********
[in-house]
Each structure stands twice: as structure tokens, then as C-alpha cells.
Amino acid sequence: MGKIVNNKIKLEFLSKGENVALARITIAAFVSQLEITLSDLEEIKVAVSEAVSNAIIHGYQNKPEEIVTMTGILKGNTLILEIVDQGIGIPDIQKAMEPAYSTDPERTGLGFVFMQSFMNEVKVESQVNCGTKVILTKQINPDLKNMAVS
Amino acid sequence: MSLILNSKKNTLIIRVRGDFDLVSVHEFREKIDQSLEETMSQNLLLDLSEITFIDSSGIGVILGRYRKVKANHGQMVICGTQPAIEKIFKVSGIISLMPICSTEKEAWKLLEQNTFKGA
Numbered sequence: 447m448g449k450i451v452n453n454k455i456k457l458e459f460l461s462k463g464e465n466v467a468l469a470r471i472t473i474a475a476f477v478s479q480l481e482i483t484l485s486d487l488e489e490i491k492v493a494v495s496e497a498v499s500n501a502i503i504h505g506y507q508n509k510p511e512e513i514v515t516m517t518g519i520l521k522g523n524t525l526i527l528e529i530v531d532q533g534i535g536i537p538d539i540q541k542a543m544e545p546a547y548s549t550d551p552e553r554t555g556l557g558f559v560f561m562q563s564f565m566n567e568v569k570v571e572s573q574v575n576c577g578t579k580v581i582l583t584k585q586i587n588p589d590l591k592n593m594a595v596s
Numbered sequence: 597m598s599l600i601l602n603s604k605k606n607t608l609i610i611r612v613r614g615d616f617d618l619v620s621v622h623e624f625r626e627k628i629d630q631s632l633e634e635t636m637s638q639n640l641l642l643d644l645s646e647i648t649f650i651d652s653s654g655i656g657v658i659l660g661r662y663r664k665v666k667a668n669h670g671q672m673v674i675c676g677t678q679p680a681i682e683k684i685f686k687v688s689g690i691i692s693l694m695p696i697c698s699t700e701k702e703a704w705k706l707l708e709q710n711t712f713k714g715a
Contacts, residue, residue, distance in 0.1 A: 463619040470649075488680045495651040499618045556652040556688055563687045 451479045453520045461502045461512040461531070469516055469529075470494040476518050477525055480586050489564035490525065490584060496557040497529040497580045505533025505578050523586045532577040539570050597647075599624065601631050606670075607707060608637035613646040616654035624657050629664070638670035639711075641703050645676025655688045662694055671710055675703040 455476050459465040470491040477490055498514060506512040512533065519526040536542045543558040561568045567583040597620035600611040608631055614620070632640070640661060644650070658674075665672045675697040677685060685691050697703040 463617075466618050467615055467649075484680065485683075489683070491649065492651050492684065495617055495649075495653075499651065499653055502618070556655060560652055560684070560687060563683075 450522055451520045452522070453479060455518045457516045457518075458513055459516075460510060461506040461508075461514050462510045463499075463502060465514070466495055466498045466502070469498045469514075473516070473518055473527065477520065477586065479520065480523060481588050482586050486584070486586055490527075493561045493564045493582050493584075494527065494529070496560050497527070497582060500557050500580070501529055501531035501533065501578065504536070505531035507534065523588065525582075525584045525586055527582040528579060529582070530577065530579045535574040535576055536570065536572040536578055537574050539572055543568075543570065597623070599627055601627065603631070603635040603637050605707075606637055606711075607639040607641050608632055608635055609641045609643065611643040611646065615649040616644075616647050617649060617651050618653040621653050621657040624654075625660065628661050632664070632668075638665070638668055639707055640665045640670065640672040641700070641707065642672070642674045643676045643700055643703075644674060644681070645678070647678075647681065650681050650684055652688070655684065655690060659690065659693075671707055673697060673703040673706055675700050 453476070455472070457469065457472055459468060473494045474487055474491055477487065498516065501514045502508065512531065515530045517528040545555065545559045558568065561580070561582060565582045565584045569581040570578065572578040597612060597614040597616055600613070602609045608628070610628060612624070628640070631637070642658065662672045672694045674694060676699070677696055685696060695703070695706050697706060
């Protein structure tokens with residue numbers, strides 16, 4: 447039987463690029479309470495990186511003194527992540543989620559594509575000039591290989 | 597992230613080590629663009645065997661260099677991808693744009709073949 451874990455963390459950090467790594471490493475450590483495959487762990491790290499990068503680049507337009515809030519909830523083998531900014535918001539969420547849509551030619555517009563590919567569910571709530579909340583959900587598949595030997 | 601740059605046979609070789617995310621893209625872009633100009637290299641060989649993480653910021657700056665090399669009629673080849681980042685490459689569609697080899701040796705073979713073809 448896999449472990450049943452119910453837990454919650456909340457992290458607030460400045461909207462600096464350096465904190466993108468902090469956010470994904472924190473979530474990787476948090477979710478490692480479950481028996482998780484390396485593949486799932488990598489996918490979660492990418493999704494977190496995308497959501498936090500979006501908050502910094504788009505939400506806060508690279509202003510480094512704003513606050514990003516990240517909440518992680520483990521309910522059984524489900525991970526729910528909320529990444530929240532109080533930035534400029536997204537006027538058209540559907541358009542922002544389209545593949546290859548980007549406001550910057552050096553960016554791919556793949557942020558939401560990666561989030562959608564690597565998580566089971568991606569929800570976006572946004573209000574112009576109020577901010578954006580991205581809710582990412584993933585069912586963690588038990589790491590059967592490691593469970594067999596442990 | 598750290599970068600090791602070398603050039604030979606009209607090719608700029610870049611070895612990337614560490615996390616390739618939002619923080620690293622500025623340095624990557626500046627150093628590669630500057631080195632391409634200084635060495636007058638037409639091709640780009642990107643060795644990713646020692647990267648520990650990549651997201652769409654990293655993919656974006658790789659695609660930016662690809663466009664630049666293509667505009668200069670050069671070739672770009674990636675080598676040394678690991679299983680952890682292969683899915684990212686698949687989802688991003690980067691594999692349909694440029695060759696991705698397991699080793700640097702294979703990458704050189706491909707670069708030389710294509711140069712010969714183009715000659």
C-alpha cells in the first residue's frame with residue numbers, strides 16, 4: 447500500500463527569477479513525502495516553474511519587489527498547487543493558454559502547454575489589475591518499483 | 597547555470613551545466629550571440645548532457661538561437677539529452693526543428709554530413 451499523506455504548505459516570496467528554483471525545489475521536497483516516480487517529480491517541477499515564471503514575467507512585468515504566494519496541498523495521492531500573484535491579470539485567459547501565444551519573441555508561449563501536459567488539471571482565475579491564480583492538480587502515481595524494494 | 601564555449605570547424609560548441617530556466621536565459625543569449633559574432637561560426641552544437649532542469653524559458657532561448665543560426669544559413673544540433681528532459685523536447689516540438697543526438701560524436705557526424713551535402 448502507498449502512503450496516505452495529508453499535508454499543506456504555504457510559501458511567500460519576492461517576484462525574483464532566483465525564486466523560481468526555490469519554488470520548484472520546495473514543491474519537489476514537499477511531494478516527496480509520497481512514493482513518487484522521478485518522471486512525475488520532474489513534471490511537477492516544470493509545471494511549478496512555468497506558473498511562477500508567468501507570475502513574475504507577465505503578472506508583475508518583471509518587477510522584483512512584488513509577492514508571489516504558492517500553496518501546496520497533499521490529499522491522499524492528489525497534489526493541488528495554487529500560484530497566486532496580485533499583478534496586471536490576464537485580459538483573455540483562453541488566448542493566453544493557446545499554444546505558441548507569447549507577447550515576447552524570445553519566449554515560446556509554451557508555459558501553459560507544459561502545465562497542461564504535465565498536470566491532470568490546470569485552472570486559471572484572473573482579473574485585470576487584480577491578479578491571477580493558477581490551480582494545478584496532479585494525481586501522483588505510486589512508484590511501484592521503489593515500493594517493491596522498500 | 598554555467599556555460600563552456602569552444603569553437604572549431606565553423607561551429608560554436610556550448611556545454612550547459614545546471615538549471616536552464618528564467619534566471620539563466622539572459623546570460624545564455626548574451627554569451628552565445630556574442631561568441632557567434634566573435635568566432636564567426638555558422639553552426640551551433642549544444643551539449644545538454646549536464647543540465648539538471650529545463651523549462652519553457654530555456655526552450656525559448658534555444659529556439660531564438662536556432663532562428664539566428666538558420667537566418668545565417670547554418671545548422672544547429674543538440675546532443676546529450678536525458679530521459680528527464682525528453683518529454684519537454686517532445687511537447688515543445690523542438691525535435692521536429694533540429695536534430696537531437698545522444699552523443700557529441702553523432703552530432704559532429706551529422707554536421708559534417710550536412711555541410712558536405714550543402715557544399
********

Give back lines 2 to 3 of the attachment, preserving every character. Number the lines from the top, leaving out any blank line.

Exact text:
Each structure stands twice: as structure tokens, then as C-alpha cells.
Amino acid sequence: MGKIVNNKIKLEFLSKGENVALARITIAAFVSQLEITLSDLEEIKVAVSEAVSNAIIHGYQNKPEEIVTMTGILKGNTLILEIVDQGIGIPDIQKAMEPAYSTDPERTGLGFVFMQSFMNEVKVESQVNCGTKVILTKQINPDLKNMAVS